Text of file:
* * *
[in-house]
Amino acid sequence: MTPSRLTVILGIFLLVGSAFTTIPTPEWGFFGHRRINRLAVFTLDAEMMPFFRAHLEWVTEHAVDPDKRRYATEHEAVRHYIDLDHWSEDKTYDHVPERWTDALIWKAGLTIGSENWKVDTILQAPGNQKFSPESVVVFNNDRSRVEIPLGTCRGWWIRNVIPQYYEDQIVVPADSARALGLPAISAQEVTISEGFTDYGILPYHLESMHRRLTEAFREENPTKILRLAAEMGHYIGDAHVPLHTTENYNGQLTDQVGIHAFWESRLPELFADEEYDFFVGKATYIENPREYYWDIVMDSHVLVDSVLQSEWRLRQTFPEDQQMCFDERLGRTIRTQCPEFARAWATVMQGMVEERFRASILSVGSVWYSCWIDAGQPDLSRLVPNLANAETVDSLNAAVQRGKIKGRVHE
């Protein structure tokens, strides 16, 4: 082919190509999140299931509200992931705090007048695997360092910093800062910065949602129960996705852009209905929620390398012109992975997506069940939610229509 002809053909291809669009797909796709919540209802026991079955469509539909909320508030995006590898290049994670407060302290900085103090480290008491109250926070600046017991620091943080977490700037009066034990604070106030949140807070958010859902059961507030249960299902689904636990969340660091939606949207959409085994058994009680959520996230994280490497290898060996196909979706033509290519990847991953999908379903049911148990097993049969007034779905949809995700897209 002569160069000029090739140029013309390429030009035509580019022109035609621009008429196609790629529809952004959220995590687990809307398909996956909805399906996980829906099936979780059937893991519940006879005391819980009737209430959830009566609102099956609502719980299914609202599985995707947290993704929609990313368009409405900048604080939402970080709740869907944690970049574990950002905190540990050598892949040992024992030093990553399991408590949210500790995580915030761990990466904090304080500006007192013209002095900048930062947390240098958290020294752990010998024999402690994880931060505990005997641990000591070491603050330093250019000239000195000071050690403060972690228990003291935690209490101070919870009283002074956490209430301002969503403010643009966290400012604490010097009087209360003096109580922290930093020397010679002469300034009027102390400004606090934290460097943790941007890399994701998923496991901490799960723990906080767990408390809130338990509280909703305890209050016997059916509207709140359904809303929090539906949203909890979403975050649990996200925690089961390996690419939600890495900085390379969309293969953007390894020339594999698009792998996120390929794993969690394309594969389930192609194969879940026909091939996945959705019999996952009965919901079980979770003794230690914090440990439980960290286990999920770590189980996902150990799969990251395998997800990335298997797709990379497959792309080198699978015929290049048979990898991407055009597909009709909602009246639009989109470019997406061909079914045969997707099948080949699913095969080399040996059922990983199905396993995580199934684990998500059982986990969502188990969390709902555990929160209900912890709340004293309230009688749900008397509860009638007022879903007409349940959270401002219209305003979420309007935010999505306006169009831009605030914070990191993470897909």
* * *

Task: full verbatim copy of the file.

[in-house]
Amino acid sequence: MTPSRLTVILGIFLLVGSAFTTIPTPEWGFFGHRRINRLAVFTLDAEMMPFFRAHLEWVTEHAVDPDKRRYATEHEAVRHYIDLDHWSEDKTYDHVPERWTDALIWKAGLTIGSENWKVDTILQAPGNQKFSPESVVVFNNDRSRVEIPLGTCRGWWIRNVIPQYYEDQIVVPADSARALGLPAISAQEVTISEGFTDYGILPYHLESMHRRLTEAFREENPTKILRLAAEMGHYIGDAHVPLHTTENYNGQLTDQVGIHAFWESRLPELFADEEYDFFVGKATYIENPREYYWDIVMDSHVLVDSVLQSEWRLRQTFPEDQQMCFDERLGRTIRTQCPEFARAWATVMQGMVEERFRASILSVGSVWYSCWIDAGQPDLSRLVPNLANAETVDSLNAAVQRGKIKGRVHE
């Protein structure tokens, strides 16, 4: 082919190509999140299931509200992931705090007048695997360092910093800062910065949602129960996705852009209905929620390398012109992975997506069940939610229509 002809053909291809669009797909796709919540209802026991079955469509539909909320508030995006590898290049994670407060302290900085103090480290008491109250926070600046017991620091943080977490700037009066034990604070106030949140807070958010859902059961507030249960299902689904636990969340660091939606949207959409085994058994009680959520996230994280490497290898060996196909979706033509290519990847991953999908379903049911148990097993049969007034779905949809995700897209 002569160069000029090739140029013309390429030009035509580019022109035609621009008429196609790629529809952004959220995590687990809307398909996956909805399906996980829906099936979780059937893991519940006879005391819980009737209430959830009566609102099956609502719980299914609202599985995707947290993704929609990313368009409405900048604080939402970080709740869907944690970049574990950002905190540990050598892949040992024992030093990553399991408590949210500790995580915030761990990466904090304080500006007192013209002095900048930062947390240098958290020294752990010998024999402690994880931060505990005997641990000591070491603050330093250019000239000195000071050690403060972690228990003291935690209490101070919870009283002074956490209430301002969503403010643009966290400012604490010097009087209360003096109580922290930093020397010679002469300034009027102390400004606090934290460097943790941007890399994701998923496991901490799960723990906080767990408390809130338990509280909703305890209050016997059916509207709140359904809303929090539906949203909890979403975050649990996200925690089961390996690419939600890495900085390379969309293969953007390894020339594999698009792998996120390929794993969690394309594969389930192609194969879940026909091939996945959705019999996952009965919901079980979770003794230690914090440990439980960290286990999920770590189980996902150990799969990251395998997800990335298997797709990379497959792309080198699978015929290049048979990898991407055009597909009709909602009246639009989109470019997406061909079914045969997707099948080949699913095969080399040996059922990983199905396993995580199934684990998500059982986990969502188990969390709902555990929160209900912890709340004293309230009688749900008397509860009638007022879903007409349940959270401002219209305003979420309007935010999505306006169009831009605030914070990191993470897909």